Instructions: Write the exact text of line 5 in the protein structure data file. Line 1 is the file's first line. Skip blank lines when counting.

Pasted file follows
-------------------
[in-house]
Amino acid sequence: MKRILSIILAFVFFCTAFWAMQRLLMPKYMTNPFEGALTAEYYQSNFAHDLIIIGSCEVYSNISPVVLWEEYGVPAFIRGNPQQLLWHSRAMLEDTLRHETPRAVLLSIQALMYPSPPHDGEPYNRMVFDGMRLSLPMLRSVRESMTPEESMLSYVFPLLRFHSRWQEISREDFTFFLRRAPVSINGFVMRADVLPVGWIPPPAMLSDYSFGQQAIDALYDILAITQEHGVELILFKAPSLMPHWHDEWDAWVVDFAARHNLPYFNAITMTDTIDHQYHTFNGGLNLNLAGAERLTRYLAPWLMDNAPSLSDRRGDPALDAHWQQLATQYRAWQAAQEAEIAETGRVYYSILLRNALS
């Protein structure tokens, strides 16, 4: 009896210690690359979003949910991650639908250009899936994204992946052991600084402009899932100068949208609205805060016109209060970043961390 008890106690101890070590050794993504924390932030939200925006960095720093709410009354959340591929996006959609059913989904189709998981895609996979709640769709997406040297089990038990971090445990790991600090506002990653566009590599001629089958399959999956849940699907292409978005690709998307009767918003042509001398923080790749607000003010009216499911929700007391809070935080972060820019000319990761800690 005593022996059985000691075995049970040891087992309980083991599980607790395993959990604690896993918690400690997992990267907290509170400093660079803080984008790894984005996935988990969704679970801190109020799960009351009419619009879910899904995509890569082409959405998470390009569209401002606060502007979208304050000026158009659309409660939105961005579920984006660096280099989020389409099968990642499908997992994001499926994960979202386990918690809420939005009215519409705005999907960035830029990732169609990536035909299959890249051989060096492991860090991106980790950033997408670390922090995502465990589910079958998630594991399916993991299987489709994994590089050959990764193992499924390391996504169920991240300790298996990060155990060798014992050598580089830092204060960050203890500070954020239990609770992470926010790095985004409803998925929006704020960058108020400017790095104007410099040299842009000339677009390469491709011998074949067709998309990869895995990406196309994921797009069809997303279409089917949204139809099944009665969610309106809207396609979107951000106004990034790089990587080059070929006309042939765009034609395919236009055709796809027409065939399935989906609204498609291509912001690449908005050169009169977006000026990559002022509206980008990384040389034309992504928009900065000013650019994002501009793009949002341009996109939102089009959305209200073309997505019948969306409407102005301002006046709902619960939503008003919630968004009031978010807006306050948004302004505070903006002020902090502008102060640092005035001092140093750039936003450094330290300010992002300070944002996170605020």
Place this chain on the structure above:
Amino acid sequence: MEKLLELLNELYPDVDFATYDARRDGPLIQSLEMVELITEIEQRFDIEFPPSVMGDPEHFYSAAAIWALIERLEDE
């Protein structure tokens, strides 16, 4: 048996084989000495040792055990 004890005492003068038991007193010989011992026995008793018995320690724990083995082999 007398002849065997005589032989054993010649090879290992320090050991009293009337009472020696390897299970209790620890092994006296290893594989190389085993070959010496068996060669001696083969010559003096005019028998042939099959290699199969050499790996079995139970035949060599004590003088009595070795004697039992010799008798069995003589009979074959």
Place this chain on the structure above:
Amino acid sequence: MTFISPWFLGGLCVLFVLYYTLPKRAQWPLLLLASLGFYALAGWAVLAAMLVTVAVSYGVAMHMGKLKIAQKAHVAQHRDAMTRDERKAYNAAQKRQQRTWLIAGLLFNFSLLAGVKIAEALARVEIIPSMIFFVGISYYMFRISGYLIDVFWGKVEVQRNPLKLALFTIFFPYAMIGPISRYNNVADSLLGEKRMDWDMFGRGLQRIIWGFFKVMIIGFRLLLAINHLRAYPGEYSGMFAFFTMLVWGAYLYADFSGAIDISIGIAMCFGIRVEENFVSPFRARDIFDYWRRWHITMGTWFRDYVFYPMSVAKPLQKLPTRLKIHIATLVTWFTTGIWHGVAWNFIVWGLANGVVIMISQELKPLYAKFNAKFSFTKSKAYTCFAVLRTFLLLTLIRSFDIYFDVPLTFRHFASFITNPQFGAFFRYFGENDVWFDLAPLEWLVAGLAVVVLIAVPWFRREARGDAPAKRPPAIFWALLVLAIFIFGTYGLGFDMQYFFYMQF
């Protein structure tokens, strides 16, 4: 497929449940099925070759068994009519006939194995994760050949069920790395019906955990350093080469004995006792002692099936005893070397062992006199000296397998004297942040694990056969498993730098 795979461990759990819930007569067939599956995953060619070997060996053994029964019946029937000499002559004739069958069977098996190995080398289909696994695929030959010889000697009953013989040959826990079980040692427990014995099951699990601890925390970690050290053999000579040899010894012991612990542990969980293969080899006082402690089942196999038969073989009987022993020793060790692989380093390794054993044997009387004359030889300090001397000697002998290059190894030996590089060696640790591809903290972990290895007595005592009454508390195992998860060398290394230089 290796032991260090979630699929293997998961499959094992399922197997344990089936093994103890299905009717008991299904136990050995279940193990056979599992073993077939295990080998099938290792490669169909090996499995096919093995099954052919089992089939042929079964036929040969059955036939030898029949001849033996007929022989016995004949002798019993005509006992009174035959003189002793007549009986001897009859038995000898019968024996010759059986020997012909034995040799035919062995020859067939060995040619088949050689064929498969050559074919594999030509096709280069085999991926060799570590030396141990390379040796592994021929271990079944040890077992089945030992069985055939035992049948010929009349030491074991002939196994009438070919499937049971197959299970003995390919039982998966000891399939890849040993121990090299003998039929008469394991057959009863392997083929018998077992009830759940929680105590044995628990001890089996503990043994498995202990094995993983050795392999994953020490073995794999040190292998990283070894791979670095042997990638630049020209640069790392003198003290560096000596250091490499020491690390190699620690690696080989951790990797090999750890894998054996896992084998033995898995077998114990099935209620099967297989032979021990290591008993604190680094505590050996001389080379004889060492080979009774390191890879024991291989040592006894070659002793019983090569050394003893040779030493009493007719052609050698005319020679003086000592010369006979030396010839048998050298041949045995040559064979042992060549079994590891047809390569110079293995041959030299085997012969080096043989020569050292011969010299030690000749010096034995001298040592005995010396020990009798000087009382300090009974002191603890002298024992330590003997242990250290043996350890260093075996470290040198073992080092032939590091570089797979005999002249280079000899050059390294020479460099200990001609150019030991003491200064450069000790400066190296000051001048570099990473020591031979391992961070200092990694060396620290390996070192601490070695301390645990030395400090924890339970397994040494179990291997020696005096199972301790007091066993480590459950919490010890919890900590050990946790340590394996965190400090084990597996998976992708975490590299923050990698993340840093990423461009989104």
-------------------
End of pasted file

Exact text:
Amino acid sequence: MEKLLELLNELYPDVDFATYDARRDGPLIQSLEMVELITEIEQRFDIEFPPSVMGDPEHFYSAAAIWALIERLEDE